Boeing’s (BA) 737 Max was cleared to fly too early, according to the company’s former senior manager Ed Pierson.
The aircraft was grounded worldwide for 20 months following two fatal crashes in Indonesia and Ethiopia that killed 346 people. However, US safety regulators cleared the plane to fly again in North America and Brazil in November last year.
The Federal Aviation Administration (FAA) said existing planes would need to be modified before going back into service, with changes to their design, while pilots would need retraining. It said the design changes it had required had "eliminated what caused these particular accidents.”
The plane is also set to get the green light in Europe after the head of Europe's aviation safety agency, EASA, confirmed it will get final clearance to resume flying this week.
However Pierson, who retired from Boeing in August 2018, claims in a new report that investigators have overlooked factors he believes may have played a direct role in the incidents.
Investigators believe the accidents were triggered by the failure of a single sensor, specifically the MCAS software, as well as the regulatory oversight failures of the FAA, and the lack of training provided to pilots.
“Although each of these problems played major roles in both accidents, they were not the triggering events,” Pierson said.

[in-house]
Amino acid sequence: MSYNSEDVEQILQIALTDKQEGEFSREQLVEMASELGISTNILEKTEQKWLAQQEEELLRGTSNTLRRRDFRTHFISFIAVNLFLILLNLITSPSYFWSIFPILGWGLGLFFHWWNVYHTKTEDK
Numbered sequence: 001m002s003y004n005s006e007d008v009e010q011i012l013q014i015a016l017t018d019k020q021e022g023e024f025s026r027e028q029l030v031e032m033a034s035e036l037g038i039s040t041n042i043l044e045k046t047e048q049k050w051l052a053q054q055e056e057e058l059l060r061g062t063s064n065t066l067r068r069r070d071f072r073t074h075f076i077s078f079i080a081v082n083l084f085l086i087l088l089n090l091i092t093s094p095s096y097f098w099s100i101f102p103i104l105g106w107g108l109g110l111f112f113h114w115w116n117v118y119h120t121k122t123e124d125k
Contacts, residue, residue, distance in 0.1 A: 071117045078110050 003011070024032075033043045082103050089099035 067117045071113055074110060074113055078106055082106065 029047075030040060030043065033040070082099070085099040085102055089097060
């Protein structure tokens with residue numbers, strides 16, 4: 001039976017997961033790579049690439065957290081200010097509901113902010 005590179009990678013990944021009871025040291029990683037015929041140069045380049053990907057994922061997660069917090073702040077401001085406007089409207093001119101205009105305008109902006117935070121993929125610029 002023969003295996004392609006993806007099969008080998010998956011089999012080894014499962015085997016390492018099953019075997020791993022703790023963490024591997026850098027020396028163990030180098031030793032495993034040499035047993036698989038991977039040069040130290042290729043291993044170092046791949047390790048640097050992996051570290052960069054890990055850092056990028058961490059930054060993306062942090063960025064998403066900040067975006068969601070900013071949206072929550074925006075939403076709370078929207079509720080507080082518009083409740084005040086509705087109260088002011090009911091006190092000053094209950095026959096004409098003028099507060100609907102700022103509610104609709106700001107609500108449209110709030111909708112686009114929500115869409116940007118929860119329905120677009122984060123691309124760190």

He claims that intermittent flight control system issues and electrical anomalies played a part as they occurred in the days and weeks before the accidents.
These may have been symptoms of flaws in the aircrafts' highly complex wiring systems, which could have contributed to the erroneous deployment of MCAS, he said.
Pierson also highlights that sensor failures contributed to both accidents and questions why such failures were happening on brand new machines.
He believes that deeper investigation of electrical issues and production quality problems at the 737 factory in Renton, near Seattle, is required.
Pierson testified as a whistleblower before US Congress in December 2019 regarding the 737 Max.
In an email to the 737 general manager a year earlier, Pierson said: “Frankly right now all my internal warning bells are going off. And for the first time in my life, I’m sorry to say that I’m hesitant about putting my family on a Boeing airplane.”
Lion Air flight JT610 crashed off Indonesia in October 2018. Five months later, Ethiopian Airlines flight ET302 crashed minutes after take-off from Addis Ababa.
On the weekend, Boeing announced it will begin to deliver commercial airplanes capable of flying on 100% biofuel, or sustainable aviation fuel, by 2030.
The aviation giant said that reducing environmental damage from fossil fuels was the “challenge of our lifetime.”
The International Air Transport Association (IATA) plans to cut carbon emissions to half of 2005 levels by 2050, meaning Boeing’s biofuel target is 2030, as jetliners typically are in service for around 20 years.
While the planemaker has about 10 years to reach its goal, it is not the first time the company used biofuel. In 2018, Boeing successfully flew the world’s first commercial flight using 100% biofuel.
Yahoo Finance has reached out to Boeing for comment.
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